What’s the difference between a Lanikai and a Kala ukulele? Well, the short answer is…not much, but there are differences that I will fill you in on. Let’s first go back in time to the year 2003 and see how this story starts. Mike Upton worked for the Hohner company and was heading the design and production of a new line of ukulele’- Lanikai. At that time I still worked for my dad at Ko’olau doing finish and final assembly for some amazing instruments my brother, Noa, was making. We also had started to warehouse Lanikai ukes in the upstairs of our shop in Kaneohe and the stores would come pick up from us. My dad helped Mike tweak the construction a bit giving him pointers and the Lanikai’s started sounding better and better. At some point along the way, around 2005 Hohner made some changes that left Mike “out in the cold”. … since Mike was the one with the business relationships, in China and the USA, he set out to do his own line, Kala, with the same factory. At that same time, my wife and I started Hawaii Music Supply. That is my condensed recollection of that period. I was fairly close to the situation, but not in a position to really know exact details. What I do know is that all of us dealers liked Mike. So now we had a chance to support his new endeavor. Mike has what all successful people have, – a drive to do cool things. What makes Kala different than Lanikai is the models they have developed. Their Acacia series, U-Bass, the Archtop’s, and Travel thin bodies are some of the original creations that put Kala at the top of the uke game. And they keep going with the solid U-Bass, Ukedelic, the Cedar/Koa series…..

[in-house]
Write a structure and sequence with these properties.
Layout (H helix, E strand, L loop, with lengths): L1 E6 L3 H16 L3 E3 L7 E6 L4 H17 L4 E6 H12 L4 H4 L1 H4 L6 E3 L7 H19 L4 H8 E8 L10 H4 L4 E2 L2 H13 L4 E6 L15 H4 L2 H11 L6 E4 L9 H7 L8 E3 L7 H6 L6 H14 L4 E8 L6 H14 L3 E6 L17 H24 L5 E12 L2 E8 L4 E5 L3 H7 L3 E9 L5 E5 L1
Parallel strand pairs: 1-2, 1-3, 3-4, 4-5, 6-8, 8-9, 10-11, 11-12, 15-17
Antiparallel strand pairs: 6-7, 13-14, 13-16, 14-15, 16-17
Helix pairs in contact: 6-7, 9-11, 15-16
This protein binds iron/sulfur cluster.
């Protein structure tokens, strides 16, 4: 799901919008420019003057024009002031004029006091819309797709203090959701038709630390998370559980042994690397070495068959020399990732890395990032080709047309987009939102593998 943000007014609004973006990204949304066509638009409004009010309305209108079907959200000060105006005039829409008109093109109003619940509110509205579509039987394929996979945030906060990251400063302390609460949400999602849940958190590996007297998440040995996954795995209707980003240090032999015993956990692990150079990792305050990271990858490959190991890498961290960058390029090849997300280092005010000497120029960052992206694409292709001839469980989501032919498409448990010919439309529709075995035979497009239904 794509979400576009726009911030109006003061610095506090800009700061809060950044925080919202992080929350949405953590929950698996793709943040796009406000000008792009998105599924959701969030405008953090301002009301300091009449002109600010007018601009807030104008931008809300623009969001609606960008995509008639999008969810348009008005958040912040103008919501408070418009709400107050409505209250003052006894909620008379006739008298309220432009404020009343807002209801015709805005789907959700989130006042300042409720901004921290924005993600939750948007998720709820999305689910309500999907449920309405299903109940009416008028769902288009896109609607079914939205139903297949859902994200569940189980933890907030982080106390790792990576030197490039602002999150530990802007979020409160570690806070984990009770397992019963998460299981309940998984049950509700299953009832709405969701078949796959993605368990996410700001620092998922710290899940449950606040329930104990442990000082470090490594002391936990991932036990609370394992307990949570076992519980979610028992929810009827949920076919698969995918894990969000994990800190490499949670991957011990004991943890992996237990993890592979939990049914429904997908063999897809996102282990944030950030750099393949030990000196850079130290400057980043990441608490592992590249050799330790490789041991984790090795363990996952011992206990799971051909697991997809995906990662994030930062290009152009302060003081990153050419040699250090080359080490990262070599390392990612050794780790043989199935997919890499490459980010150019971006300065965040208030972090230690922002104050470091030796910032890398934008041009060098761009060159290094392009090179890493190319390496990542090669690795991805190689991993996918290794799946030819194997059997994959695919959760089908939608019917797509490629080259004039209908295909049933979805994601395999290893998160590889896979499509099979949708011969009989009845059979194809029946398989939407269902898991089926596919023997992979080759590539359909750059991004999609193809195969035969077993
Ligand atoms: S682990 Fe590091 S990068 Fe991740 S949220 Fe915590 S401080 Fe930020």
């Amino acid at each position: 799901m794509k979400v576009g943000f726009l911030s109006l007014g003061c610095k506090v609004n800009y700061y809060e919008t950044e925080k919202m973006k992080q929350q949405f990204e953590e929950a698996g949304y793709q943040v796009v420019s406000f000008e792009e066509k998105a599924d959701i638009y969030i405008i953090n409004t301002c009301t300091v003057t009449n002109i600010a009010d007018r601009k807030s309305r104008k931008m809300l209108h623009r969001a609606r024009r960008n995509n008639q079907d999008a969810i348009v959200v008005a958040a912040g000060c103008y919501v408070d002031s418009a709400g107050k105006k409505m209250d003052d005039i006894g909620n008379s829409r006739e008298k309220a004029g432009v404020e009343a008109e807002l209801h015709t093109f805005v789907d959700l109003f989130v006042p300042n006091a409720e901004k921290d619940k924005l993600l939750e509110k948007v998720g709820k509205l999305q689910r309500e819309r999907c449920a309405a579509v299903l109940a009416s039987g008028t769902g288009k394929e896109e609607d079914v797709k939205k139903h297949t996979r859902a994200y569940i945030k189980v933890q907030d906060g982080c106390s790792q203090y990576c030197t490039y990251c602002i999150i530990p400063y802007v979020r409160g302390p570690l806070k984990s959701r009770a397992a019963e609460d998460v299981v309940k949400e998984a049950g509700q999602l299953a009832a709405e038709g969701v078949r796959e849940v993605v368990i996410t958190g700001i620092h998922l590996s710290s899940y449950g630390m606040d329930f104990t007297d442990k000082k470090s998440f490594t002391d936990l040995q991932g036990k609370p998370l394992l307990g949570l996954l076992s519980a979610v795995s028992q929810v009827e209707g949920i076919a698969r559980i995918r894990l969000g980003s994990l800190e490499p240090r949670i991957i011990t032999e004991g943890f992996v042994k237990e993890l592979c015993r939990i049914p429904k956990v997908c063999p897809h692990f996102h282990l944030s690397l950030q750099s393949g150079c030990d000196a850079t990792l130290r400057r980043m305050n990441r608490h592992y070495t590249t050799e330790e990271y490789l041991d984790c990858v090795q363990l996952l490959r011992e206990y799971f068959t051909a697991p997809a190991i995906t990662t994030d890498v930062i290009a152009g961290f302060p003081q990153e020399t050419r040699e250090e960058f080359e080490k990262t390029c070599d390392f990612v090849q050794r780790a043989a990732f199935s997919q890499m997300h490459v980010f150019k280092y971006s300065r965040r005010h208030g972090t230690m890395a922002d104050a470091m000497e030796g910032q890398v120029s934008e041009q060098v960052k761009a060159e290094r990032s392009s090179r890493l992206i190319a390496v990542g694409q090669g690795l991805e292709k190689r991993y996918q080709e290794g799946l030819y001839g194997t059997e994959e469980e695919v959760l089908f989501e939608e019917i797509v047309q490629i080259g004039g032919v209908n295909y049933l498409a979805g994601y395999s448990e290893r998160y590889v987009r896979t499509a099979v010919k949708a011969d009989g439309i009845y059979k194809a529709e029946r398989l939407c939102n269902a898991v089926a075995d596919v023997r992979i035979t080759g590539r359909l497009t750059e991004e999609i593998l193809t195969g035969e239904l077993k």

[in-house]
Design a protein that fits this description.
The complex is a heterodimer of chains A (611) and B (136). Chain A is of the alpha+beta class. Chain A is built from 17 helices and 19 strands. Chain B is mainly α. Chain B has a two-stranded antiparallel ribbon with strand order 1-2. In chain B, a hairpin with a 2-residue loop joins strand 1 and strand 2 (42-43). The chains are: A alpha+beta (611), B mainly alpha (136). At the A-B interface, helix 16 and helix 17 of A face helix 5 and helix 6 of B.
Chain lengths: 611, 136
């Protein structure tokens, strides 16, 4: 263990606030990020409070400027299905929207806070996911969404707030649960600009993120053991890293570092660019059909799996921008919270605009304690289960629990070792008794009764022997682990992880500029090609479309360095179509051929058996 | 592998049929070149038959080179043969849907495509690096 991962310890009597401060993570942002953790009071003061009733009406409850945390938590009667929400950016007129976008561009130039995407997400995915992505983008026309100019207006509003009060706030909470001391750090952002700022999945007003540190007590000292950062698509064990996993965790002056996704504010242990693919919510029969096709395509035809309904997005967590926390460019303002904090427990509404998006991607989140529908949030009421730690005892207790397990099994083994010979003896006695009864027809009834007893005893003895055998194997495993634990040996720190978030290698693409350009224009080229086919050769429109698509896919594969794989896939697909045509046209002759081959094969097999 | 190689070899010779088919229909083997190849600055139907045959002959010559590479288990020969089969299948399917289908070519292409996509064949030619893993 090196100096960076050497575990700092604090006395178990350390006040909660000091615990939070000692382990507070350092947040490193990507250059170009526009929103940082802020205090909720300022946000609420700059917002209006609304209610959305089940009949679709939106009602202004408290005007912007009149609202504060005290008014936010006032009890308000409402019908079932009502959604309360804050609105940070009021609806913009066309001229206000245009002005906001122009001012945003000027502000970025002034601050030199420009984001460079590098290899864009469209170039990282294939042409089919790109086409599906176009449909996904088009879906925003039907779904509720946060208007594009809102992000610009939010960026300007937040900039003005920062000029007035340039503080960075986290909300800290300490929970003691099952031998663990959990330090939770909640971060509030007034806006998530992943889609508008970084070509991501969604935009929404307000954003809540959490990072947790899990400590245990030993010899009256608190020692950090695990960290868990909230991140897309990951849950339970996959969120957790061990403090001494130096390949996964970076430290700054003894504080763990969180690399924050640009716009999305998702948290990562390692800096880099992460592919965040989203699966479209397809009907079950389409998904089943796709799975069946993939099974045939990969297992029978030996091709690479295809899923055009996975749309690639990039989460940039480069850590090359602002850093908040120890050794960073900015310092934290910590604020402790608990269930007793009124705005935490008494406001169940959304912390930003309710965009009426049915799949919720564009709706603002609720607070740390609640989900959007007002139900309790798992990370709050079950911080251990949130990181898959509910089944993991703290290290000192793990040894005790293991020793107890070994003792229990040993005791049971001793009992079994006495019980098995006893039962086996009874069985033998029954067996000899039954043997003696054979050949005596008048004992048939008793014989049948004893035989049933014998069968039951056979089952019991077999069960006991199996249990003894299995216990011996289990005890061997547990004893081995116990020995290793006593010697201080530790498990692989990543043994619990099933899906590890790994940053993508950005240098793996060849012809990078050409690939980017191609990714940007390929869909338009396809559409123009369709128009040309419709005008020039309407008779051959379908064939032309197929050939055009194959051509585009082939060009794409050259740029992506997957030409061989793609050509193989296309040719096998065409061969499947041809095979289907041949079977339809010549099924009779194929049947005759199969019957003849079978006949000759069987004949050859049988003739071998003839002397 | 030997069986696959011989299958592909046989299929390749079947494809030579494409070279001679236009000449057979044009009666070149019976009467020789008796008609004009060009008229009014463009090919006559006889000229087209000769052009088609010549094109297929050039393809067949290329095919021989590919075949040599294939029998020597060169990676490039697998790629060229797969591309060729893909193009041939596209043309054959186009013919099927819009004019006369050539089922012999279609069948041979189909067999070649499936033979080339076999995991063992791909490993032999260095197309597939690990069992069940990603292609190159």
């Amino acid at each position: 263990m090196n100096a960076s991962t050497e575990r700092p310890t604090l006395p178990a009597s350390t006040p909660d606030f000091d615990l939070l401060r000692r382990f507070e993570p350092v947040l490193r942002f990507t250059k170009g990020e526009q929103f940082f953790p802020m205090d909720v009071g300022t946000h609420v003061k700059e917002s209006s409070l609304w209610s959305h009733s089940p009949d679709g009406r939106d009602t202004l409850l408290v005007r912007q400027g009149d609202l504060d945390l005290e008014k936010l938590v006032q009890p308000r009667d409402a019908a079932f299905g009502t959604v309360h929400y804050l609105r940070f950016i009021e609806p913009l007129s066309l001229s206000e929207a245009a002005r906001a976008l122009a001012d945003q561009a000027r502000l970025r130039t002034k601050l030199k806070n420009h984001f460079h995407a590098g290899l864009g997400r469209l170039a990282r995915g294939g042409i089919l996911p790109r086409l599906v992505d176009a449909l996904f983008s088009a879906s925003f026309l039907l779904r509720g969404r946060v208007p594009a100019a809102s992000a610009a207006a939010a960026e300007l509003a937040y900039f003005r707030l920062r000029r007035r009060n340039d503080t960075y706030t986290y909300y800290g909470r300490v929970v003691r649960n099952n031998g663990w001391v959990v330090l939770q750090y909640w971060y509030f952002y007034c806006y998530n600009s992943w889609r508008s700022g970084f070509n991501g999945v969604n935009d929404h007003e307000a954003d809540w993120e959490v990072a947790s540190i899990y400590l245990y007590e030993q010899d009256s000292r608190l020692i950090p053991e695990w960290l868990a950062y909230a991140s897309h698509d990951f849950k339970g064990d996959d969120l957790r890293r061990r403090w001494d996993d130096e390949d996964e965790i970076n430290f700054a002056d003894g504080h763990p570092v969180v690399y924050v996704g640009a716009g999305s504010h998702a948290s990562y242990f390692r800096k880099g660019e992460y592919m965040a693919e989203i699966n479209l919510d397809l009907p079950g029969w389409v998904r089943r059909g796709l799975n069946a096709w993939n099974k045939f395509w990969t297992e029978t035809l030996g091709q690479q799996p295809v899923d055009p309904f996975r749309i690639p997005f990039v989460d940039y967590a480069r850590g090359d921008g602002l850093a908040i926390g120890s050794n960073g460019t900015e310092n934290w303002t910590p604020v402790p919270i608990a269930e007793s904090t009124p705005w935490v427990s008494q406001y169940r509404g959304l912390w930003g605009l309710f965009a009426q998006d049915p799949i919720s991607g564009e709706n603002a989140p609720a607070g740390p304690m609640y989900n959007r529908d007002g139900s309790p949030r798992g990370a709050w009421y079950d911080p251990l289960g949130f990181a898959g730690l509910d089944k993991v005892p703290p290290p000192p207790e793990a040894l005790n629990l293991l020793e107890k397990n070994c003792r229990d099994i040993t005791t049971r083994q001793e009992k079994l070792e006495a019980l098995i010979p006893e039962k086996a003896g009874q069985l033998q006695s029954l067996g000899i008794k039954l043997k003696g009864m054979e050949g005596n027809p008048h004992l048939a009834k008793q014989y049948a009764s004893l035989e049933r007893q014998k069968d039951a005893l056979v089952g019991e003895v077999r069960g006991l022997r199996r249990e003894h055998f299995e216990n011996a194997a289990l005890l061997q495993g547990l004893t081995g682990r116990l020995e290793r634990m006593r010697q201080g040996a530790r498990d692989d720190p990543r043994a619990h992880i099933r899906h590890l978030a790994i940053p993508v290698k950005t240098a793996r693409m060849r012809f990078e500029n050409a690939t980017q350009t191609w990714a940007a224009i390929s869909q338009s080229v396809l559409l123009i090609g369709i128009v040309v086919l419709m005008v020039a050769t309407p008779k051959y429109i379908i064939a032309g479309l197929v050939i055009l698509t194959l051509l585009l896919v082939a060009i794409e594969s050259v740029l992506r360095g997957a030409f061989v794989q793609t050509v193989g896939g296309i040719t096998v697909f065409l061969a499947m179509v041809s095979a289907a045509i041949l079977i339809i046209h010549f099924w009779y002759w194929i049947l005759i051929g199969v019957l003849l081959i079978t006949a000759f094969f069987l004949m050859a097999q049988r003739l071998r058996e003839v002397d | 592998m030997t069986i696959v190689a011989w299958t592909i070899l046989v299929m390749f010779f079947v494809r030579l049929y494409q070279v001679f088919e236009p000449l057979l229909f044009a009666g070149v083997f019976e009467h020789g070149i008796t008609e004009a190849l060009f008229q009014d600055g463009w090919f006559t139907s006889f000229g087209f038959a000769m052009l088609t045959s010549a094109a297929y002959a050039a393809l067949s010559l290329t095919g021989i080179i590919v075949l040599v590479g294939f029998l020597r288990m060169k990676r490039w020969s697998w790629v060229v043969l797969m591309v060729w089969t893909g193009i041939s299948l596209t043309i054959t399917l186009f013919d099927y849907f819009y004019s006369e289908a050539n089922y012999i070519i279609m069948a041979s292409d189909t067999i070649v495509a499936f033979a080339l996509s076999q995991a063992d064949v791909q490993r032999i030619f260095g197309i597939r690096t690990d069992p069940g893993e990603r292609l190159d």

With that said, last year was the first year in history that the Hohner company sold more in ukulele’s than in harmonica’s. And Hohner completely dominates the entire Harmonica market. So they are selling more ukes than ever, and also have their own models that differ from Kala. Mostly the same stuff though. I do not dislike Lanikai or Hohner. Gary Porter, the Hohner rep is the coolest. In fact, he gave me a PSD Lanikai had of the simple and most common ukulele chords. I thought I would share it. If this helps you say thanks to the guys at Lanikai, Germany via China, California. Where they made the computer I’m typing on. The truth is a lot of these companies share factories. They have different specs and often different crews, but it is all in the same building, Luna’s, Ibanez, etc…. Makai’s and Ohana often come from the same factory as do Fender and Oscar Schmidt. Pono and Leolani are the only ones I know of that are small dedicated shops not building for others. In deciding which to buy though, I would care more about the quality control and set up that the store you buy from does for you. We are stepping it up in this realm, because in this price range, stores are just “moving boxes”, and a lot of ukes out there are nowhere near their potential in feel and sound. And that’s not good. Please comment if you have an opinion or insight. Aloha~